Bunyan’s first published work, Some Gospel-Truths Opened (1656), was an attack on the Quakers for their reliance on inner light rather than on the strict interpretation of Scripture. Above all Bunyan’s theology asserted the helplessness of man unless assisted by the undeserved gift of divine grace. His inner experience and his theological position both encouraged a view of the self as the passive battleground of mighty forces, a fact which is of the first importance in considering the fictional narratives he went on to write.
Bunyan’s wife died in 1658 and left four children, including a daughter who had been born blind and whose welfare remained a constant worry. Bunyan remarried the following year. It is known that his second wife was named Elizabeth, that she bore two children, and that she spoke eloquently on his behalf when he was in prison. The imprisonment is the central event of his later career: It was at once a martyrdom that he seems to have sought and a liberation from outward concerns that inspired him to write literary works. Once the Stuart monarchy had been reestablished in 1660 under Charles II, it was illegal for anyone to preach who was not an ordained clergyman in the Church of England. Bunyan spent most of the next twelve years in Bedford Jail because he would not give up preaching, although the confinement was not difficult and he was out on parole on several occasions. In 1672, the political situation changed when Charles II issued a Declaration of Indulgence that allowed for greater religious freedom. Except for a six-month return to prison in 1677, Bunyan was relatively free to travel and preach, which he did with immense energy and good will. Bunyan’s principal fictional works were published during this post-imprisonment period and included the two parts of The Pilgrim’s Progress in 1678 and 1684, The Life and Death of Mr. Badman in 1680, and The Holy War in 1682.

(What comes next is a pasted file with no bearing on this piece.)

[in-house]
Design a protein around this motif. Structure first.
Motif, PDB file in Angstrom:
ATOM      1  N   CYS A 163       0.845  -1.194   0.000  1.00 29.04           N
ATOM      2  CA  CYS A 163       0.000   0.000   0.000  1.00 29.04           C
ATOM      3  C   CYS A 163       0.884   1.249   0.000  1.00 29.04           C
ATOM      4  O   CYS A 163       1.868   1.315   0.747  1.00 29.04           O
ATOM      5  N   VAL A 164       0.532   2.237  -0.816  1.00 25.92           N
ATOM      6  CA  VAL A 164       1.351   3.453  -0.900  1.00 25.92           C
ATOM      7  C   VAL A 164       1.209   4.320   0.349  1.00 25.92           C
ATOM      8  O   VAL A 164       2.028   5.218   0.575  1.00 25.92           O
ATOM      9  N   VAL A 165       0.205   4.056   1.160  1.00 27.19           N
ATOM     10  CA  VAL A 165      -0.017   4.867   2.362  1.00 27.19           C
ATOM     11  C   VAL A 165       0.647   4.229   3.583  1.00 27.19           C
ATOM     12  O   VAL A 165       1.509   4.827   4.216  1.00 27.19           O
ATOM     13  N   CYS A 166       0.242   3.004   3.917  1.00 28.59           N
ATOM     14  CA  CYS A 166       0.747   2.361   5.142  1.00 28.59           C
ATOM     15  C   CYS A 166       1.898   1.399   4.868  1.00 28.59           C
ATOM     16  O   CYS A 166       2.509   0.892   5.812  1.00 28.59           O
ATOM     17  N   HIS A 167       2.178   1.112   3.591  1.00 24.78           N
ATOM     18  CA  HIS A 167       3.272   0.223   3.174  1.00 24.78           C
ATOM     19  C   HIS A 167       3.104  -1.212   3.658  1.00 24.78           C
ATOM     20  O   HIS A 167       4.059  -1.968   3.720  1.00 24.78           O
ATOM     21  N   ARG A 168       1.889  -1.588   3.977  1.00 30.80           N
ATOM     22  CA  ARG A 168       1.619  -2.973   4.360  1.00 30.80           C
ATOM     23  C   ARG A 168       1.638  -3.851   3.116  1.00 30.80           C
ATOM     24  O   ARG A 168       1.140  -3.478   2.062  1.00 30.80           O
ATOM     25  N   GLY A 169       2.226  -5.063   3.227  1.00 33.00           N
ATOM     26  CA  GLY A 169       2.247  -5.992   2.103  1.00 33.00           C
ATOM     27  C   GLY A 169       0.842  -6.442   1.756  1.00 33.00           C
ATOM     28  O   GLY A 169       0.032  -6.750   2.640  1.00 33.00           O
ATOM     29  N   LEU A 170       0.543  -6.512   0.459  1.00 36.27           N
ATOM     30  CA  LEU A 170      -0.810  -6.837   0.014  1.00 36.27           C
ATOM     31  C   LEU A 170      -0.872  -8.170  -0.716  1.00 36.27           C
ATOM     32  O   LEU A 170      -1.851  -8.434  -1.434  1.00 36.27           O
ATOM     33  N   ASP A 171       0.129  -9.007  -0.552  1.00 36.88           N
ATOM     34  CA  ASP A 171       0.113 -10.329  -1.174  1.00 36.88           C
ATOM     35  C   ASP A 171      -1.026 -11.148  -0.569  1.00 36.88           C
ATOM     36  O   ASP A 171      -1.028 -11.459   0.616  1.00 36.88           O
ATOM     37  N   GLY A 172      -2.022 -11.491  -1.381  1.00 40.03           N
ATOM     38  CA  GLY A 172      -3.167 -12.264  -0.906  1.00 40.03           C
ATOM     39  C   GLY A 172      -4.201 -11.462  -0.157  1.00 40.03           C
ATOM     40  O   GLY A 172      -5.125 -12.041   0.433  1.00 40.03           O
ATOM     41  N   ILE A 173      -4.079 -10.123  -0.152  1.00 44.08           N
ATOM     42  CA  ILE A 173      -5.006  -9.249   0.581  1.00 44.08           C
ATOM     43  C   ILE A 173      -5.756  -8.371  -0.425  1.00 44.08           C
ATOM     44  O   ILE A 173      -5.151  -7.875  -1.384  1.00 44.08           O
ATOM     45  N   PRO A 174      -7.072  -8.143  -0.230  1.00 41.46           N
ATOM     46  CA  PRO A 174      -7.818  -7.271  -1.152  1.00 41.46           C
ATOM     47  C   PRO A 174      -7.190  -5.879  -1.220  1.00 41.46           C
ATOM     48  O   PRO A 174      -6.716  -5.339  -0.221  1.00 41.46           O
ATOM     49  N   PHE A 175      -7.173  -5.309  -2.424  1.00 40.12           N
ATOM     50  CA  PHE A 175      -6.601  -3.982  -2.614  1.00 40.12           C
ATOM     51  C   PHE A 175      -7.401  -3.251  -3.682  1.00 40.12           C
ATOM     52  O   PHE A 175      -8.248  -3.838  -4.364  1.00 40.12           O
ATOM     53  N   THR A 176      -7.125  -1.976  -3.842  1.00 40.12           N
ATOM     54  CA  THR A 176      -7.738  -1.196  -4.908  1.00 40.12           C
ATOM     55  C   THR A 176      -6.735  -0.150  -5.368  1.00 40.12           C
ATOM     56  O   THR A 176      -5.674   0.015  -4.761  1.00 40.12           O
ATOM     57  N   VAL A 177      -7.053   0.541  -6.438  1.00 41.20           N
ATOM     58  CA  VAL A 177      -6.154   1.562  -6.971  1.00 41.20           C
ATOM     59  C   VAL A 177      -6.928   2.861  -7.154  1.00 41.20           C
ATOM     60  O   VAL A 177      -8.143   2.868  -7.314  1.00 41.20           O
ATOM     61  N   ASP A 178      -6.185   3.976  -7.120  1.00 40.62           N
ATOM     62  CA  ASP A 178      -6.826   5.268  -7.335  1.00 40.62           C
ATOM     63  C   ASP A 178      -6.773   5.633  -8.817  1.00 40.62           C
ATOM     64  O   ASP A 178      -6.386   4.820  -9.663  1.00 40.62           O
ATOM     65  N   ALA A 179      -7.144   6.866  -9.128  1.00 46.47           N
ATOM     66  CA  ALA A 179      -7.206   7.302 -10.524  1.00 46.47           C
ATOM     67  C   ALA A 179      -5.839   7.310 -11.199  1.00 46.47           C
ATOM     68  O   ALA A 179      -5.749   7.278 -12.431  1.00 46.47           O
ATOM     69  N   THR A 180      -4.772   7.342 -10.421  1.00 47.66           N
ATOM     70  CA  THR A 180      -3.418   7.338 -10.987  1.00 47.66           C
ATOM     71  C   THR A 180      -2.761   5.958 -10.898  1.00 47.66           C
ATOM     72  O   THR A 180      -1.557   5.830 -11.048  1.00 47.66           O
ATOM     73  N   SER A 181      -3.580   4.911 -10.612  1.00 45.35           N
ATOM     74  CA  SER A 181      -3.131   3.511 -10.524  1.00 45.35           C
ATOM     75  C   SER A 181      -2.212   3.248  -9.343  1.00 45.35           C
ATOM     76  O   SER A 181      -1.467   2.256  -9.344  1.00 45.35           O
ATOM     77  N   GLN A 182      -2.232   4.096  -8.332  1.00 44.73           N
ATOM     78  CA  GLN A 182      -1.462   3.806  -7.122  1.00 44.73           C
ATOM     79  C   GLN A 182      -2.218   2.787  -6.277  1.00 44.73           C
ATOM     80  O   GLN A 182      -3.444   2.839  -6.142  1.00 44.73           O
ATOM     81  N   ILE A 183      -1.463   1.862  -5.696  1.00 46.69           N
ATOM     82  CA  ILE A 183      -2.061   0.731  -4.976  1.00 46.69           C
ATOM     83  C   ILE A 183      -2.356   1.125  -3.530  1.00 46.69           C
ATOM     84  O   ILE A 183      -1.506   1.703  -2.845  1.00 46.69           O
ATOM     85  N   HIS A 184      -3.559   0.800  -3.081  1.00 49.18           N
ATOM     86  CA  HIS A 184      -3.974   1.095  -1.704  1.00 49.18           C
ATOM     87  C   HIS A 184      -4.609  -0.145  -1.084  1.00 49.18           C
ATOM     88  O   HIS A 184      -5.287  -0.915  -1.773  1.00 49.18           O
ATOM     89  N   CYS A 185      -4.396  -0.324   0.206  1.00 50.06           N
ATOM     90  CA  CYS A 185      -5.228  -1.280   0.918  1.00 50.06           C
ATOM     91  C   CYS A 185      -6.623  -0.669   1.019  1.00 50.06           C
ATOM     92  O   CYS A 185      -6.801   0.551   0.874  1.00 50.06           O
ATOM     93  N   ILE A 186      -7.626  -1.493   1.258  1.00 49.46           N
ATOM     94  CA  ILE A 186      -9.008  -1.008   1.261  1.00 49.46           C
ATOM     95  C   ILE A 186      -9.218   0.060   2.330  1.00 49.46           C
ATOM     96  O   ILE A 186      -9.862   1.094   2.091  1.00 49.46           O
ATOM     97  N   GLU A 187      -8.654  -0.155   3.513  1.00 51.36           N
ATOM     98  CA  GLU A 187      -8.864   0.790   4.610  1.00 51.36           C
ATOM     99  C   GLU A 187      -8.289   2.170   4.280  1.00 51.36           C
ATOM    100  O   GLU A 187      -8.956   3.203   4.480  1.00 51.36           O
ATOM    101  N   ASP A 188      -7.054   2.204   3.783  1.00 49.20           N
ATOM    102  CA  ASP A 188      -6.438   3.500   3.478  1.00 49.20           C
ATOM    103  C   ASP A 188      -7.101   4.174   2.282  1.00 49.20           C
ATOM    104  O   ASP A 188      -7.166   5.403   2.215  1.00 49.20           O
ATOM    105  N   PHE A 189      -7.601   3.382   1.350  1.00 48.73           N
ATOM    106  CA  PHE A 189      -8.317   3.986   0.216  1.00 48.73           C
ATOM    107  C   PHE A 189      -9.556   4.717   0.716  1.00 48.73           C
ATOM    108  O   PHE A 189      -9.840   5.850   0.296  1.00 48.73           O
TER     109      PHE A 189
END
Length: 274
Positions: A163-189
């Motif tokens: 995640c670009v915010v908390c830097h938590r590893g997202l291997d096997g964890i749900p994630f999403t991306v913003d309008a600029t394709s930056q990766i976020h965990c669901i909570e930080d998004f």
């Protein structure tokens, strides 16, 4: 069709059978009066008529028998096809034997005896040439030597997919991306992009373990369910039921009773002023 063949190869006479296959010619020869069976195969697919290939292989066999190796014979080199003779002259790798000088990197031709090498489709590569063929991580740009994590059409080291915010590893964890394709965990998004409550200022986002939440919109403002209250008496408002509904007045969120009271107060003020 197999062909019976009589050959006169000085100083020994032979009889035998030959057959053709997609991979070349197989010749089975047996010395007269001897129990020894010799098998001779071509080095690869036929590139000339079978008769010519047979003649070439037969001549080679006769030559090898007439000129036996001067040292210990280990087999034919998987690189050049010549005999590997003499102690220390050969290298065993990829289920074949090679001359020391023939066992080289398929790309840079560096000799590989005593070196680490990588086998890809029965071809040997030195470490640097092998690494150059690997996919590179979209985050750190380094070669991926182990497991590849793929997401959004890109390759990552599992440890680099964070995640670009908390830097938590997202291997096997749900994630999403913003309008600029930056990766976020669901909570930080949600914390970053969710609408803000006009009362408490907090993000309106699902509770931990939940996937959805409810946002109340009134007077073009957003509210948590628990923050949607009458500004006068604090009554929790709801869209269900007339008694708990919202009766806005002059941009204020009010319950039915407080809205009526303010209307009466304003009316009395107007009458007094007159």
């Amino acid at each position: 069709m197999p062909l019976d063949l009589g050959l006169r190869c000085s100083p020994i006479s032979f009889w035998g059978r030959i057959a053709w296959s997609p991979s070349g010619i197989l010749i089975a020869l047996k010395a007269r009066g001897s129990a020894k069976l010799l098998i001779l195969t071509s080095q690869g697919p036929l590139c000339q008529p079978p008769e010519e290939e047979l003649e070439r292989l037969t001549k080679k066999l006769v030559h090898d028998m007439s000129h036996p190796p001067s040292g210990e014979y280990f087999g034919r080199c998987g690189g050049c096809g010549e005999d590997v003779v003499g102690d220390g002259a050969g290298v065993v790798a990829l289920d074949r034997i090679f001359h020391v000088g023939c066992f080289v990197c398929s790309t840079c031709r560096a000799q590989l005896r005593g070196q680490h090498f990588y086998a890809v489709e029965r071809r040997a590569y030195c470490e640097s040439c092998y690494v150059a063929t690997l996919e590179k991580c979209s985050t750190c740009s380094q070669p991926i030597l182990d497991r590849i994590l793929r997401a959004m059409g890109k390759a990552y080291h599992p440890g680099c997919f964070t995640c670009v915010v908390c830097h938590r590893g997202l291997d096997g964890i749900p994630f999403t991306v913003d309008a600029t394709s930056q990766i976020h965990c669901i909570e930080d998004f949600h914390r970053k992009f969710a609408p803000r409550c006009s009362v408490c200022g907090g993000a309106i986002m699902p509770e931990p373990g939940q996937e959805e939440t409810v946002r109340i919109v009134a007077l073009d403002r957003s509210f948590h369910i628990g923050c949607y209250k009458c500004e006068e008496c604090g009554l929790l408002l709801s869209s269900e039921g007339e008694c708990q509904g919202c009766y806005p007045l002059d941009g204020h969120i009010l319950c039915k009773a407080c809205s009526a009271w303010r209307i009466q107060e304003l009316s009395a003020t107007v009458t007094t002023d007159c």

Bunyan died in 1688 after catching cold while riding through a rainstorm on a journey to reconcile a quarreling family. He was buried at the Nonconformist cemetery of Bunhill Fields in London. By 1692 a folio edition of his works had been published, together with a biographical sketch that includes this portrait: ”As for his person he was tall of stature, strong boned though not corpulent, somewhat of a ruddy face, with sparkling eyes, wearing his hair on his upper lip after the old British fashion; his hair reddish, but in his latter days time had sprinkled it with grey; his nose well set, but not declining or bending; and his mouth moderate large, his forehead something high, and his habit always plain and modest.”
Works in Literary Context
Once Bunyan was able to preach freely, he infused his works with a sense of authority. He no longer prefaced them with apologies for his limitations, and he began to address his readers more in fatherly than brotherly fashion, as is clearly evidenced in his spiritual autobiography, Grace Abounding to the Chief of Sinners. When he was sent back to prison after the Declaration of Indulgence was withdrawn and the persecution of religious dissenters resumed, Bunyan began his first religious allegory, The Pilgrim’s Progress. Specific incidents in The Pilgrim’s Progress were borrowed directly from the Scriptures as well as from numerous secular and less edifying works available to Bunyan. But generations of critics have testified to Bunyan’s own comprehensive scope, rich characterization, and genuine spiritual torment and joy drawn from personal experience. Thus, autobiography and allegory serve as two main themes running through his major works.
Grace Abounding to the Chief of Sinners, a relatively short narrative of about a hundred pages, stands unchallenged as the finest achievement in the Puritan genre of spiritual autobiography. Its origins lie in the personal testimony that each new member was required to present before being admitted to the Bedford congregation, and Bunyan’s allusions to St. Paul in the preface suggest that he intended the published work as a kind of modern-day Epistle for the encouragement of believers. Determined to tell his story exactly, Bunyan promises to ”be plain and simple, and lay down the thing as it was.” What follows is a deeply moving account of inner torment, in which God and Satan vie for possession of the anguished sinner by causing particular Biblical texts to come into his head; Bunyan exclaims grimly, ”Woe be to him against whom the Scriptures bend themselves.”